ACP Shabor Dasgupta (Saswata Chatterjee) returns to big screen with the new police-crime- “thriller” Eagoler Chokh (translation: Eagle’s Eye), but not with a bang! Do not expect an explosion of some megatons; it’s not even one gram of cracker. This lackluster return of the police detective tempts us to ponder why the film may be a success on some level but a failure on the most part.
Nandini (Payel Sarkar) is a vampirette woman, who sucks the life out of her friend, Shivangi (Joya Ahsan), who is her business partner by trying to seduce her drunken husband, Bishan Roy (Anirban Bhattacharya), who has a “past”. On the fateful night, two armed men enter Shivangi’s house and kills Nandini, who has been residing there for some years and proceeds to take money from the safe. Suddenly, Shivangi shoots one of them, but the other after an initial shock shoots her, sending her to coma (a fashion nowadays in many films!). After a mockery of an initial police study of the “open and shut case of robbery”, ACP Shabor takes over the complex case and suspects the drunkard Bishan, who was away from the city that night with a friend and their bought-girlfriends-for-one-night.
Bishan, a mechanical engineer in profession, is either smoking or drunk for most of his screen time, was sexually squeezed as boy of fifteen by some mature woman. His nature is disturbed from after that, he cannot love anyone, heart of steel and so on. It is farce at the utmost level: an educated man having psychological problems drinks and smokes the whole time but never even dreams of consulting a shrink or doesn’t even confide in his wife, but tells everything to the ACP without the slightest use of pressure. One may argue that his wife is in coma, he is probably shaken by anguish an confesses. But he himself says, “I cannot love anybody.” Shabor also points out while saying, “Can’t you be affected like her?” The “her” in question is Jahnabi (Riya Banik), a girl in late teens or early twenties, who has been staying in their house for the last nine years; Shivangi has been teaching and taking care of her.
More and more characters enter the story, but Shabor’s case and the momentum of the film have infinitesimal speed. Shabor himself is facing another problem: after years of cat-mouse chases, the cat sees himself as a mouse. He has placed himself in the criminal’s position while solving cases and now he sees a criminal as his own self. Finally, he solves the case but doesn’t make the arrest (himself); he lets Shivangi go. The end twist that Jahnabi is Bishan’s own child from that woman who abused him can be foreseen a while ago and reminds of the ending of Dennis Villeneuve’s Incendies. There are also few dialogue similarities to Satyajit Ray’s (to be specific Feluda) films.
This is Arindam Sil’s fifth film and Aborto can be considered his best work, though it is below par amongst the noteworthy Bengali features of the recent years. In this film, the work of the director is visible in a very untidy, confused manner; as if he cannot decide which style he wants to employ. The numerous use of close-ups forces to think of the emotions, but it is difficult to connect with the characters at an emotional level for the shallow characterization. The buildup to the climax is very slow, which is not a problem but the choice of editing makes it very noticeable giving the film varying paces at different intervals of time. The fast cuts, the sudden change in locations which are an integral part of thrillers look out-of-place in this movie it does not commensurate to the pace of the plot. The suspense is very much present in the story but lacking in the visuals and the background score making the film more of a novel than a cinema.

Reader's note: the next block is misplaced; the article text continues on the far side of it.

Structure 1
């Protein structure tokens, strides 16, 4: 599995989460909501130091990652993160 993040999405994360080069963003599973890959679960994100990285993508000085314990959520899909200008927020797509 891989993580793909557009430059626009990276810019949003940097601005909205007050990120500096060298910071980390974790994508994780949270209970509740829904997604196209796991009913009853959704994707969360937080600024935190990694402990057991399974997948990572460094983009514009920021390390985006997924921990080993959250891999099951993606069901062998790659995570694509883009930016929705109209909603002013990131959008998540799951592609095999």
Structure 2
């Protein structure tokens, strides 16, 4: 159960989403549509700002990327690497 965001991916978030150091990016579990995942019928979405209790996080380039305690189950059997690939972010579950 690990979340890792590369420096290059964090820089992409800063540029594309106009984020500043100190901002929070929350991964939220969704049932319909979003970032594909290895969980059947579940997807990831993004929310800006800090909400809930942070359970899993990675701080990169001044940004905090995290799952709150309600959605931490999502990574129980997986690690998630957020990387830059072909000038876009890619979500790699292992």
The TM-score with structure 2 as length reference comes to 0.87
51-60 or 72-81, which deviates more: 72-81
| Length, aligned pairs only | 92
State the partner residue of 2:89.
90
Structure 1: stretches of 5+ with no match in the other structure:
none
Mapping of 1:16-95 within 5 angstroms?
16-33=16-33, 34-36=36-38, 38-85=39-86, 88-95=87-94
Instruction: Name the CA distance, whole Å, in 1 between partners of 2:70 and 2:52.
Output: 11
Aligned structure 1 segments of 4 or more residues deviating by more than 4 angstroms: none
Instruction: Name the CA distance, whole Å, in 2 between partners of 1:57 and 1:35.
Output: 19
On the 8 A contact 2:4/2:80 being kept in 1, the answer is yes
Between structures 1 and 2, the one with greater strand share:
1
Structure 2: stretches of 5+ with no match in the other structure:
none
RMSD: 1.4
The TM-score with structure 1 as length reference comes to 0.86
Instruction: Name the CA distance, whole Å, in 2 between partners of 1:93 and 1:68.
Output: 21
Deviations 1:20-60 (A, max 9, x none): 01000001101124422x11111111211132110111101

The ever-moving or shaking camera distracts the mind from the visuals and does not create a single frame worth remembering. Bickram Ghosh, who provided a great score for Har Har Byomkesh of this director only, is also not at his peak creativity for this flick. Saswata shines amidst this entire muddle, giving a serious cop with some quirky sense of humour. His expressions are just flawless; ranging from his shock seeing himself as a criminal, deadpan face while accusing and saying “Emni Bollam” (Translation: Joking) and cold stare while interrogating. Anirban and Riya also show some promise but still they are not up to the mark. The film is lacking in artistic expression; nothing is cinematic about it. While in the theatre it feels as if one is experiencing a big budget audio novel.
Film Score: 40
Director: Arindam Sil Screenplay: Padmanabha Dasgupta, Arindam Sil, Shirshendu Mukhopadhyay (story) Cinematography: Soumik Halder Editing: Sujoy Datta Roy Production Design: Sabarni Das, Arindam Sil, Soumik Halder Costume Design: Soumik Halder Music: Bickram Ghosh Cast: Saswata Chatterjee, Payel Sarkar, Joya Ahsan, Anirban Bhattacharya